A hedge school is not some finishing academy for fund managers sponsored by the Titans of Wall Street, or an arcane off-shoot of the forest school movement; rather, it's the name given to an educational practice in 18th and 19th century Ireland, so called because of its rural, illicit nature. Though such schools rarely actually took place behind hedges; metaphorically they did, hidden away from the prying eyes of the English oppressor, and those of their Irish fellow-travellers.
The schools began in the wake of 17th century legislation known as the penal laws which persecuted Irish Catholics and Ulster Presbyterians. These laws restricted the religious, political and economic liberties of Catholics and Dissenters and education was effectively denied to the majority of the Irish population who clung to their traditional language and religion, especially 'beyond the Pale', the area around Dublin. Many middle class Catholics, and the Catholic gentry, went to France to be educated, while this underground network of hedge schools was set up to educate those who could not afford to travel.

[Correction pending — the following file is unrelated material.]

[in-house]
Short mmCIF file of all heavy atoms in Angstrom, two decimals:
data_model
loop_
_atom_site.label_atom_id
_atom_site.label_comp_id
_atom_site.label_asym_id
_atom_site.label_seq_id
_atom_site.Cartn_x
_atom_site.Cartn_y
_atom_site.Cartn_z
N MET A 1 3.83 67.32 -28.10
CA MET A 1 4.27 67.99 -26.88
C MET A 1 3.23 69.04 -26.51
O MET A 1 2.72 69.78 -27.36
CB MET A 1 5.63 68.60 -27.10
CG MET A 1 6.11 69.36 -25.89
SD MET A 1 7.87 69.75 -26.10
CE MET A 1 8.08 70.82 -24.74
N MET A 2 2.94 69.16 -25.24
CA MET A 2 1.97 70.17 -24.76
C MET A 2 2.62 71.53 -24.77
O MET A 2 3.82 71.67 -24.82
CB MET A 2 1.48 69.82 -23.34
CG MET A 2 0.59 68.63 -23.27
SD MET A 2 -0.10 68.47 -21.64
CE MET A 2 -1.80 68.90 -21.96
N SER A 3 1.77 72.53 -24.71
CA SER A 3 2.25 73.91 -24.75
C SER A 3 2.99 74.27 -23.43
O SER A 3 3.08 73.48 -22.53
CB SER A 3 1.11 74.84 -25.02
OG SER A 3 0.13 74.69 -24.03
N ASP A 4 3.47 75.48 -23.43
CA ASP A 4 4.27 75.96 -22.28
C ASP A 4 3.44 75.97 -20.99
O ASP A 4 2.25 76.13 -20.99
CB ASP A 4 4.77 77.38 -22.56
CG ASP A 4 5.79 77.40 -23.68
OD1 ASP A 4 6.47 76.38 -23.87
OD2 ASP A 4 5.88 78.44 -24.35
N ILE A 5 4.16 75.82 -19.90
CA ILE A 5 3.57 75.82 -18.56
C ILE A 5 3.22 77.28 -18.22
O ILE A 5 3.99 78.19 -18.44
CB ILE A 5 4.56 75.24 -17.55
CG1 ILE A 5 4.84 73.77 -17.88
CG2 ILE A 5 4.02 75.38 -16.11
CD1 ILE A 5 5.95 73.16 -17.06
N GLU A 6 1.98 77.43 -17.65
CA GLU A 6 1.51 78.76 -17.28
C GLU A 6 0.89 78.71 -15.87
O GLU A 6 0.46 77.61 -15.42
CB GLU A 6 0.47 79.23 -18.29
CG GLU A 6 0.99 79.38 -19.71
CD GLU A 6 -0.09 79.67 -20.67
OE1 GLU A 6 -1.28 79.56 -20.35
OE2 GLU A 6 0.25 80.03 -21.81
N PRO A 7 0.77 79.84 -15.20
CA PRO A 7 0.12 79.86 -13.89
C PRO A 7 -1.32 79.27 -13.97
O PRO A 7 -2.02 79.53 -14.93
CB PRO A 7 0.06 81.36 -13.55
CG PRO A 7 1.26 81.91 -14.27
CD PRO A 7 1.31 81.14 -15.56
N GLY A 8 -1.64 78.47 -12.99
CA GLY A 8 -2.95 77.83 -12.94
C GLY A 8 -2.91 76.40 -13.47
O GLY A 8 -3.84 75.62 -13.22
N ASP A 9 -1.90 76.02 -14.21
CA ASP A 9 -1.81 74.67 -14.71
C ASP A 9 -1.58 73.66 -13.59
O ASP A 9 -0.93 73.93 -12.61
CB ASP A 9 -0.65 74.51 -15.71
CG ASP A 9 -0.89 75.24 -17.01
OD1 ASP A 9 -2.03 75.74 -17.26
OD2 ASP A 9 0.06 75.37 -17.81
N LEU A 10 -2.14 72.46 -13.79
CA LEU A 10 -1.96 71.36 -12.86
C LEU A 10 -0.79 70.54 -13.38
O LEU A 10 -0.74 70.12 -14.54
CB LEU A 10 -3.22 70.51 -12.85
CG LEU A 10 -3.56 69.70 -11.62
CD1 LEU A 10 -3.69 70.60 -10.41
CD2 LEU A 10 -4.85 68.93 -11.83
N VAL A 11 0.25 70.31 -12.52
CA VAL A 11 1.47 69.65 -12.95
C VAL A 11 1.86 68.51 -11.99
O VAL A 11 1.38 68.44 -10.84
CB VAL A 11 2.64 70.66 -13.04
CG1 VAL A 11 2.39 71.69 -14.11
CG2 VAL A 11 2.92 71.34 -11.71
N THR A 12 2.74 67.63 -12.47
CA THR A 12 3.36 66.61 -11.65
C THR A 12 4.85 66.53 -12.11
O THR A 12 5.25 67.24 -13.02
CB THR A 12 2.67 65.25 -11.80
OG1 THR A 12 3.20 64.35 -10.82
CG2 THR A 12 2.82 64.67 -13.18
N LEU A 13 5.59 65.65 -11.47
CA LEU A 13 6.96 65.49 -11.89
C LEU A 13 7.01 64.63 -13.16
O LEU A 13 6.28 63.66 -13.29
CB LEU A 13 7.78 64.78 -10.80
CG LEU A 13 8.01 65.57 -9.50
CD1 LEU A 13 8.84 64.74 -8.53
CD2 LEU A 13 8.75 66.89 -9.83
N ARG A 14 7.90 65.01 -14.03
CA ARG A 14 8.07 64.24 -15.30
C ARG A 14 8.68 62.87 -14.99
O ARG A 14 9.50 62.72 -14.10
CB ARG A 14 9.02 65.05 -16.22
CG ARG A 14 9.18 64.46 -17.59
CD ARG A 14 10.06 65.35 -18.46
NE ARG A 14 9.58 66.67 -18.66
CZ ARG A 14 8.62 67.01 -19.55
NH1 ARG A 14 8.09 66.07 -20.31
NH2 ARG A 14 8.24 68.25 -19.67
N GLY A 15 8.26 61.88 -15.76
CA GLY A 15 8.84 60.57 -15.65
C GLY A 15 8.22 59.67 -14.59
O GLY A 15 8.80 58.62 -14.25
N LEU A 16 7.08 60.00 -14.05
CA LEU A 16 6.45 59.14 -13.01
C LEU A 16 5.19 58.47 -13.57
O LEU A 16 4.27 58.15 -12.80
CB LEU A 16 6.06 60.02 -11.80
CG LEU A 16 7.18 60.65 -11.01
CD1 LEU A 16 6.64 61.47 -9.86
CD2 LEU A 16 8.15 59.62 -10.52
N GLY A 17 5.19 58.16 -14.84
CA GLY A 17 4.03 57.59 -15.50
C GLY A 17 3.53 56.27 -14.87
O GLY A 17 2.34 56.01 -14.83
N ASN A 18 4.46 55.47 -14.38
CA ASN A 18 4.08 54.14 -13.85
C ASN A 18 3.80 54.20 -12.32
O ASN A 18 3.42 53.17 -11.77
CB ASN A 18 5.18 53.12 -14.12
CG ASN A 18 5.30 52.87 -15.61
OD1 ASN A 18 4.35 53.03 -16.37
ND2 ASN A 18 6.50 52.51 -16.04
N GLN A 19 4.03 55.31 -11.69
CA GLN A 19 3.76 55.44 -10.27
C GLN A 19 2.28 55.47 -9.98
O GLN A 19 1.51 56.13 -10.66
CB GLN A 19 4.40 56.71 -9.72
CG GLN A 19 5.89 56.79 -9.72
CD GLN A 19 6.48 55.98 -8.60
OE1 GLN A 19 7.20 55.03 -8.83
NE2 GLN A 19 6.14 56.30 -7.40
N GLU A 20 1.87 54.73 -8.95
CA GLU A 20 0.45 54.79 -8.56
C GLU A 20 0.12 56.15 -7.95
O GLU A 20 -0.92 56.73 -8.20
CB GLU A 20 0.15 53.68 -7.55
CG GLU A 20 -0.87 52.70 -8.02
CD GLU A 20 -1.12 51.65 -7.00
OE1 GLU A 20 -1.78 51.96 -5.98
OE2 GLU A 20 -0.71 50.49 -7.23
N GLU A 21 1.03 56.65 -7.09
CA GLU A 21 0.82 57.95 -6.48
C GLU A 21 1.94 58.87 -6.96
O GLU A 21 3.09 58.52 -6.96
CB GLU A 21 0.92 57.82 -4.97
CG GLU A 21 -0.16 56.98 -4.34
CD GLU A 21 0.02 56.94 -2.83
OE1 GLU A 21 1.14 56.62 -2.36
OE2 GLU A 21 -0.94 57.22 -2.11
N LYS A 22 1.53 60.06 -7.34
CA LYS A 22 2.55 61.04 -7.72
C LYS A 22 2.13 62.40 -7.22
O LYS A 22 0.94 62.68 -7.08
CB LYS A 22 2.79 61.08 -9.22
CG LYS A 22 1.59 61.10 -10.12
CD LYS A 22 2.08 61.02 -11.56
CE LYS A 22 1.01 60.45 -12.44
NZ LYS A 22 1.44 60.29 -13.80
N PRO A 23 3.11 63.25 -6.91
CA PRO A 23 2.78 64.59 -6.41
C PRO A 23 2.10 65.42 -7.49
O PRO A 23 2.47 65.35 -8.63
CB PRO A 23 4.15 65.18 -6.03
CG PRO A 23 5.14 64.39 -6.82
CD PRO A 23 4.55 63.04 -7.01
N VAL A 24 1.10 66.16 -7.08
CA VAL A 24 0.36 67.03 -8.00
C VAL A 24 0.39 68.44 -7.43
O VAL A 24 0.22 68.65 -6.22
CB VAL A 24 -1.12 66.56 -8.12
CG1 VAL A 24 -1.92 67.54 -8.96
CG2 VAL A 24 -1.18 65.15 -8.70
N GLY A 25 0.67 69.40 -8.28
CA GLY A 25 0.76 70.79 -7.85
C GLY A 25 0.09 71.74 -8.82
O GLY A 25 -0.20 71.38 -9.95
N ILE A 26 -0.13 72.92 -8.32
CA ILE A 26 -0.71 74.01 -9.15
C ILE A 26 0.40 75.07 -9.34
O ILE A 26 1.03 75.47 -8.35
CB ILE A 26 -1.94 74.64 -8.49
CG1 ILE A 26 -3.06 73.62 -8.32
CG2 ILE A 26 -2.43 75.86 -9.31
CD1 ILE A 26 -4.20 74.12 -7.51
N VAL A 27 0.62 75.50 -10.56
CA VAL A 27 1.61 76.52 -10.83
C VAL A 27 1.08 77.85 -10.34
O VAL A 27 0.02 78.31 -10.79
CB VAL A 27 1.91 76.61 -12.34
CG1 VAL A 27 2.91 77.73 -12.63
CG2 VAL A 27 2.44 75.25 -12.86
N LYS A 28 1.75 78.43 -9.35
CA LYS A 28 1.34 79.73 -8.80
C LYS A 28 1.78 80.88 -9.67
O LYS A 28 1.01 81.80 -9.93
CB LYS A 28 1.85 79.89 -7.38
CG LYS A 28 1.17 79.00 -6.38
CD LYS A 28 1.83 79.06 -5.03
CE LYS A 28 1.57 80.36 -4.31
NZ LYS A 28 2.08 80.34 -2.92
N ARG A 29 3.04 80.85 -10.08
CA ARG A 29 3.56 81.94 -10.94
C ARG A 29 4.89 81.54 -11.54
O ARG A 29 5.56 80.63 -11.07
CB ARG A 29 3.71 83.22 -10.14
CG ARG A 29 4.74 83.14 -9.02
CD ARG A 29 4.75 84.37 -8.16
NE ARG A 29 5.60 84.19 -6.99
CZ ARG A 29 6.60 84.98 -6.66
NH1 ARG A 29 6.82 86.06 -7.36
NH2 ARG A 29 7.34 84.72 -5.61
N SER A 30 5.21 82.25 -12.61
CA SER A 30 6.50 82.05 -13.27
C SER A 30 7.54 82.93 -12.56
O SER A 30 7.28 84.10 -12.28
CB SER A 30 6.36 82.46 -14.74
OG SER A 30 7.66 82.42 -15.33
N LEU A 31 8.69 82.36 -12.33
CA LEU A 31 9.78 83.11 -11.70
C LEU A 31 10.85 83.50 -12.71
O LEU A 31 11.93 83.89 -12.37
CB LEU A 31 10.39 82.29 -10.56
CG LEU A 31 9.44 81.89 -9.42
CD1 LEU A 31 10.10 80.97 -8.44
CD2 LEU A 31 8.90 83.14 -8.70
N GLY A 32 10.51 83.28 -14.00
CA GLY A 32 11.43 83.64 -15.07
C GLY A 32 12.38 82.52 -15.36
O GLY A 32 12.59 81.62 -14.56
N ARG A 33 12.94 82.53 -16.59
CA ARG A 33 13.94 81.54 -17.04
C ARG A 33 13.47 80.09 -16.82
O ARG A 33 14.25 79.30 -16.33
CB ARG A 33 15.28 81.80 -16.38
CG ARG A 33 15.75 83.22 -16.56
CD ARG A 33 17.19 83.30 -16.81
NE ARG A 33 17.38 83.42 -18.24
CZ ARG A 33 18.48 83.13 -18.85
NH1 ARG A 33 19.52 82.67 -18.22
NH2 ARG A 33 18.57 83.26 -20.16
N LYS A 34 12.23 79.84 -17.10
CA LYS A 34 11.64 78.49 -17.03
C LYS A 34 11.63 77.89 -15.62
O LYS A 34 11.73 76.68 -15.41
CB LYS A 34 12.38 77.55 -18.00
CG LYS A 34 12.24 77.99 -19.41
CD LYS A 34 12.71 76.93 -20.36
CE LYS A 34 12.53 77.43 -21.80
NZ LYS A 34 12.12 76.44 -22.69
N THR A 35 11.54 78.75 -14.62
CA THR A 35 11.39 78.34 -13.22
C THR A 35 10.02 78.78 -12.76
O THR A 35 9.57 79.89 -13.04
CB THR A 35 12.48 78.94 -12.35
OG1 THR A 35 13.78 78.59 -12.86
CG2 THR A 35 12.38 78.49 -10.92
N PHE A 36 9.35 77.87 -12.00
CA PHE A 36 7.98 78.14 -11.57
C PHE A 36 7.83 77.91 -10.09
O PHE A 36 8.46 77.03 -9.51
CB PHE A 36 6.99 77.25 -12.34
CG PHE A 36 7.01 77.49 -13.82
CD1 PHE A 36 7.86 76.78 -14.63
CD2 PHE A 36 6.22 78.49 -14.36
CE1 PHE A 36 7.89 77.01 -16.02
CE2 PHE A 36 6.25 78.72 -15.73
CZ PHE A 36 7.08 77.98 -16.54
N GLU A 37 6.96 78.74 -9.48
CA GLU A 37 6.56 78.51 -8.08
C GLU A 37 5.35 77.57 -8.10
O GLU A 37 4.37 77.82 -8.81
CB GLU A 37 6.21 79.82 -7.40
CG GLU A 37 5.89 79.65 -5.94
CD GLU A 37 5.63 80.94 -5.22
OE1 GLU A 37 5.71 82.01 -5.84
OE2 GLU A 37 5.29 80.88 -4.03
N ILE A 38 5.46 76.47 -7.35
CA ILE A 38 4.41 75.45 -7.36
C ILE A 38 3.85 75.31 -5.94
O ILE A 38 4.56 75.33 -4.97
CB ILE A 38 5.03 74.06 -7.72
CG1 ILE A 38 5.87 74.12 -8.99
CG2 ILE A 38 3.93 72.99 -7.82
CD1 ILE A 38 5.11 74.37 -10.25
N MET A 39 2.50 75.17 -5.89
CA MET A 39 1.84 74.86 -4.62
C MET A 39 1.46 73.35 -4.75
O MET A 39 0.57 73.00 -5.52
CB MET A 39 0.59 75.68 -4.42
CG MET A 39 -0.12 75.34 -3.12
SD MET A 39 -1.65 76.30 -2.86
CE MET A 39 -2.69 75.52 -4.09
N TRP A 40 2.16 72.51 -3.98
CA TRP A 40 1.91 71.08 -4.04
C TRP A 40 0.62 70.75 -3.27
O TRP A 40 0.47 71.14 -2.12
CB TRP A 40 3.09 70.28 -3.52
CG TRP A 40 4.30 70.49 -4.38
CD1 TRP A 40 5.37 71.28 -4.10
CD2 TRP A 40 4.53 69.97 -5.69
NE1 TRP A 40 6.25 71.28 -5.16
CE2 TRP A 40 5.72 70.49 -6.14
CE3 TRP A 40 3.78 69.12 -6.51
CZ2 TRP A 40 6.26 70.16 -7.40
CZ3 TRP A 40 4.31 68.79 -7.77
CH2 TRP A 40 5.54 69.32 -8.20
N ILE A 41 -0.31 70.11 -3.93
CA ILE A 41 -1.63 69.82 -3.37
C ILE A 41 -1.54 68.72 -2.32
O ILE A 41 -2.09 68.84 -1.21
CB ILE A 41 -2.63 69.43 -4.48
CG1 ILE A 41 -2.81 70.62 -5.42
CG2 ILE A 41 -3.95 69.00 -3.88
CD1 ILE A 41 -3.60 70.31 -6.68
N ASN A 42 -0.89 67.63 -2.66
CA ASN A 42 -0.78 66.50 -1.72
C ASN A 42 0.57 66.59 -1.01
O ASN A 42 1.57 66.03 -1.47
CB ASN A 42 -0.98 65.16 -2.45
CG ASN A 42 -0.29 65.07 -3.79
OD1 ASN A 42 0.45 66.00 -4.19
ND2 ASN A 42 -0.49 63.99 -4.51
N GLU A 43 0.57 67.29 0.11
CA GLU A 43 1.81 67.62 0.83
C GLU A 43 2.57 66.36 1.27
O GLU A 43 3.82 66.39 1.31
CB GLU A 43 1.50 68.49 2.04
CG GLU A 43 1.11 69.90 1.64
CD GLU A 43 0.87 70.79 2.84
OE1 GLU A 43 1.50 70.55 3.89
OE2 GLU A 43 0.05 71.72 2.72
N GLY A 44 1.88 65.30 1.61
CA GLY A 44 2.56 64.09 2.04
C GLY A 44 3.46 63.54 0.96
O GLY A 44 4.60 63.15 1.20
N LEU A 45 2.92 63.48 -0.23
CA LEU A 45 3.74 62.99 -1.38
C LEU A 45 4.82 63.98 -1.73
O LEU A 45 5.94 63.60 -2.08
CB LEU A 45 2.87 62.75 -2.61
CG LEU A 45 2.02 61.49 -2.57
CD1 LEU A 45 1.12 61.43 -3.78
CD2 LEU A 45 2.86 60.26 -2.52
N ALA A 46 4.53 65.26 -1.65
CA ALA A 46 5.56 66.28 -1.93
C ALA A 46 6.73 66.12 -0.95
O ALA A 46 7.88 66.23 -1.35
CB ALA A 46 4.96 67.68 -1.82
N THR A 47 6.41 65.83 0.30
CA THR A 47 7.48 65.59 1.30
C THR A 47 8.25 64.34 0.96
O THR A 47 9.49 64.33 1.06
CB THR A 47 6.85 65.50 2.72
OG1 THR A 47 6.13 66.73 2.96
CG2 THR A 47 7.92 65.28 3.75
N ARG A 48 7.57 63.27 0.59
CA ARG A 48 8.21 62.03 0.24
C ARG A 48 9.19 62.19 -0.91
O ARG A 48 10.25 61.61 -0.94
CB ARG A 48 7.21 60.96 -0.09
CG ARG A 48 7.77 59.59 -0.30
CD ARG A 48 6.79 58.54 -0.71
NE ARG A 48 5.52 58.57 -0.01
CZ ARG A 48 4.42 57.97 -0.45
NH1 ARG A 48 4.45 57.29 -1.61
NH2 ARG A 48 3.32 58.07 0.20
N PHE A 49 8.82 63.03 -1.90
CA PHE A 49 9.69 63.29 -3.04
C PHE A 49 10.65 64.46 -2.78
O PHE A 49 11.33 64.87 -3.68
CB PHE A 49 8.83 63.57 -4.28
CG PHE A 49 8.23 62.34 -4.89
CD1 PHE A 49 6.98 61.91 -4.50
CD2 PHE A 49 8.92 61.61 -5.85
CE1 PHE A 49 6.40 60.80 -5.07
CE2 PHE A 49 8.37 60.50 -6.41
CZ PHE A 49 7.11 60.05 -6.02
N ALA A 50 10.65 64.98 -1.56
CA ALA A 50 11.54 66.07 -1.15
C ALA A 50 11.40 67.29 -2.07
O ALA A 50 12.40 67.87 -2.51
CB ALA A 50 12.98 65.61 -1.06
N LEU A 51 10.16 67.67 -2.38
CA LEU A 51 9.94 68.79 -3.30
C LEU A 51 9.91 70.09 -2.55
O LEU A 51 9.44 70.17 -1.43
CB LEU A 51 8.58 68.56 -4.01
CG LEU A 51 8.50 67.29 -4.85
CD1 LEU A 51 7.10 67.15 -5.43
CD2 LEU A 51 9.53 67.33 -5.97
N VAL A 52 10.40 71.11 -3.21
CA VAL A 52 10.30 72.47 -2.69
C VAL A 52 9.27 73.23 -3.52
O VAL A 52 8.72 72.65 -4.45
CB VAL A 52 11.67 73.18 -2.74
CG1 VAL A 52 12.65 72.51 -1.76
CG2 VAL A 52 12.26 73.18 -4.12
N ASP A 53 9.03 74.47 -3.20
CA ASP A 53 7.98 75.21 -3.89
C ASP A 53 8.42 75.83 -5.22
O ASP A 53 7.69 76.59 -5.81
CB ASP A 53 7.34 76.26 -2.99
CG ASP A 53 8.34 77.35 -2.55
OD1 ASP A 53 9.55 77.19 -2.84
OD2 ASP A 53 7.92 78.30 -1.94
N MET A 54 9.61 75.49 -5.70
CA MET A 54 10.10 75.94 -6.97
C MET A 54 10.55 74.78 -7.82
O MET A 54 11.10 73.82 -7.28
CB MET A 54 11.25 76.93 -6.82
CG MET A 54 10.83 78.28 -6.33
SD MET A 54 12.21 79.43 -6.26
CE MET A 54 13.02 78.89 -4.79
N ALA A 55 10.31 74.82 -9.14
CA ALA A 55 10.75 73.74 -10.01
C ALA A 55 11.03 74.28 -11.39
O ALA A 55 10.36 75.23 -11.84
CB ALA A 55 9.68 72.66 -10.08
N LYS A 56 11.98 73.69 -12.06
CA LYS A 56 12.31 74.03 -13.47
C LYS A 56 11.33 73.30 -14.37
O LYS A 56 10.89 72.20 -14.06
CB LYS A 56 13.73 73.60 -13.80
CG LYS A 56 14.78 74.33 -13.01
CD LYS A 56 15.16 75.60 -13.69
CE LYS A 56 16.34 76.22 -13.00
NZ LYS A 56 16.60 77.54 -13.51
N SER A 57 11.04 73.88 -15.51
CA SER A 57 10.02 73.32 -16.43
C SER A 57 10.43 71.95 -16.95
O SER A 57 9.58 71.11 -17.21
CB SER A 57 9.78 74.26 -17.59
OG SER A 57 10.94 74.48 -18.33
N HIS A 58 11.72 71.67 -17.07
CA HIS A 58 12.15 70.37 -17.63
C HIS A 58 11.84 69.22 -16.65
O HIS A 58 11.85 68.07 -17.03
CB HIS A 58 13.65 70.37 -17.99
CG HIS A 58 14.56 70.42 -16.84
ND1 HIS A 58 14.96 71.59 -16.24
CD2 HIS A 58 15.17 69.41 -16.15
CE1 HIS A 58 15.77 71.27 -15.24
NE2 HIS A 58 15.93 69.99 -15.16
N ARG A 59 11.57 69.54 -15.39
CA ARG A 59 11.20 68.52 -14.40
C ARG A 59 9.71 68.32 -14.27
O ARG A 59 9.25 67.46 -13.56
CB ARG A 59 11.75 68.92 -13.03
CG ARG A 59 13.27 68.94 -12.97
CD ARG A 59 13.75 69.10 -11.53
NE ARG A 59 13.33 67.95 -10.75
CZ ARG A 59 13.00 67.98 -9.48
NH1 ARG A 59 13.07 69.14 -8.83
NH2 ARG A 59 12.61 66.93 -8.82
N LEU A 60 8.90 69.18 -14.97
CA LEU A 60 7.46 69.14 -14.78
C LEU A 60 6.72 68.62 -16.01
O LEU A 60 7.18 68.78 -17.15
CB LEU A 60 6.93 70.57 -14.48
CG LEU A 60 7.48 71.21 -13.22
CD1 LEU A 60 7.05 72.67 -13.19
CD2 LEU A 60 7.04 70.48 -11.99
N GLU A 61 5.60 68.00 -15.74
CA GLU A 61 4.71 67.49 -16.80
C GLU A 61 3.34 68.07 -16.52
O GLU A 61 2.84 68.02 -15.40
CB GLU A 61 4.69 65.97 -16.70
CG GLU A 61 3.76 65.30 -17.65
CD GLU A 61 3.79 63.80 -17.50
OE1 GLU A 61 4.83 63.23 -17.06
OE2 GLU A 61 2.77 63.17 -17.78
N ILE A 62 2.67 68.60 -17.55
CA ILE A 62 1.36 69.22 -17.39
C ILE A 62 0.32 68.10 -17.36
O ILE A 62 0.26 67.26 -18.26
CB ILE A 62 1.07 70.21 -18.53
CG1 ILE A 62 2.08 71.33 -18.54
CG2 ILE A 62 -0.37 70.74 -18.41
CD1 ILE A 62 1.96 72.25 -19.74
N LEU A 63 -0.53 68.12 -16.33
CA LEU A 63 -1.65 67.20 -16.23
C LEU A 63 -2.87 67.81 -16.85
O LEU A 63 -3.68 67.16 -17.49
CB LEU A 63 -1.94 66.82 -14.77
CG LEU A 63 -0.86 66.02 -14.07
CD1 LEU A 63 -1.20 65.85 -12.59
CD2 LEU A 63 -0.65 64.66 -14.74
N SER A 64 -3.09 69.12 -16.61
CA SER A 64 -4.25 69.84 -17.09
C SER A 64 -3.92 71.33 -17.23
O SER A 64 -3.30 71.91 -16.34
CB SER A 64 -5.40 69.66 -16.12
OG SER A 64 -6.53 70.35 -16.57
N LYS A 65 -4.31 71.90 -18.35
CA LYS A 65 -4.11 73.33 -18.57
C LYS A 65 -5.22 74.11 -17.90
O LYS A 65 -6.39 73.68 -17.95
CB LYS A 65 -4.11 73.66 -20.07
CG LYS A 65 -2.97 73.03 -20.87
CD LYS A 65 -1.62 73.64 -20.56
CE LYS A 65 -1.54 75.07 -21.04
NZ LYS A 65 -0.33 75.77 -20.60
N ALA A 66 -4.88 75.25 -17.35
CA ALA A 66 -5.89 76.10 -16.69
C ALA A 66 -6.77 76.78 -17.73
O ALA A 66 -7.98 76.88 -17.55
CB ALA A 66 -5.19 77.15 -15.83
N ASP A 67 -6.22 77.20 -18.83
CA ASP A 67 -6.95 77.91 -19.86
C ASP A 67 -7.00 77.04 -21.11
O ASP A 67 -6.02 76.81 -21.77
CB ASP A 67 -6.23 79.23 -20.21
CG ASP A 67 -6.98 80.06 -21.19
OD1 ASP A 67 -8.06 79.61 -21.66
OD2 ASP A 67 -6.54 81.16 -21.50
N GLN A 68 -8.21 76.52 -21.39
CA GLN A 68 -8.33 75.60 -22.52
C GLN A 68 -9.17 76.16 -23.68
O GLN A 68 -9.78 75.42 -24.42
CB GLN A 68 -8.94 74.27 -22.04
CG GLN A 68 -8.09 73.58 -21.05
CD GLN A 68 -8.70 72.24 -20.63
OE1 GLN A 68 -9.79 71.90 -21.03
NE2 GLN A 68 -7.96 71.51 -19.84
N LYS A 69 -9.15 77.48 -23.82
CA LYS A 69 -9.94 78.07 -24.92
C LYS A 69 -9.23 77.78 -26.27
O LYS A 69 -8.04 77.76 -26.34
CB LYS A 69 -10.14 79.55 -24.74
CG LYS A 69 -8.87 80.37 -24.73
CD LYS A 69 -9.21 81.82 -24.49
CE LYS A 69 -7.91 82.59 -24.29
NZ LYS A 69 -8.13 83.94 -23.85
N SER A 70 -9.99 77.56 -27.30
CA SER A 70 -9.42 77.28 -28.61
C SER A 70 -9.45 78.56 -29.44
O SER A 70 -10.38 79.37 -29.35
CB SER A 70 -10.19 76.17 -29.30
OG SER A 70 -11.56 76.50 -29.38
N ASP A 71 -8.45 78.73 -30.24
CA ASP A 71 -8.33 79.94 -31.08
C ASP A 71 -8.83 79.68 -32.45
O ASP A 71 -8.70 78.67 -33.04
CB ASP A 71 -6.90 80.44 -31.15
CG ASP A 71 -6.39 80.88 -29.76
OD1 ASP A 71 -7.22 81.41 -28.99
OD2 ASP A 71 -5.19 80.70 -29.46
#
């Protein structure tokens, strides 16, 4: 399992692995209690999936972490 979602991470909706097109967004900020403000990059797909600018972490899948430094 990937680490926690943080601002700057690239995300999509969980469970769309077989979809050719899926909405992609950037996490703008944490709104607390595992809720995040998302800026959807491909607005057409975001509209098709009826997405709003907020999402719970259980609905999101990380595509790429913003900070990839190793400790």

In these, local educated men began an oral tradition of teaching the community. Most schools met in private houses and barns rather than in the open as 'hedge' suggests. Unlike today's forest schools, they were emancipatory in nature, and in time came to be tolerated, and the spirit of this tradition is kept alive in modern hedge schools which are usually even farther from a hedge than were the original ones.
I explored this history from a reference in Robert Wyse Jackson's wonderful little book 'Dublin', published by the Eland Press.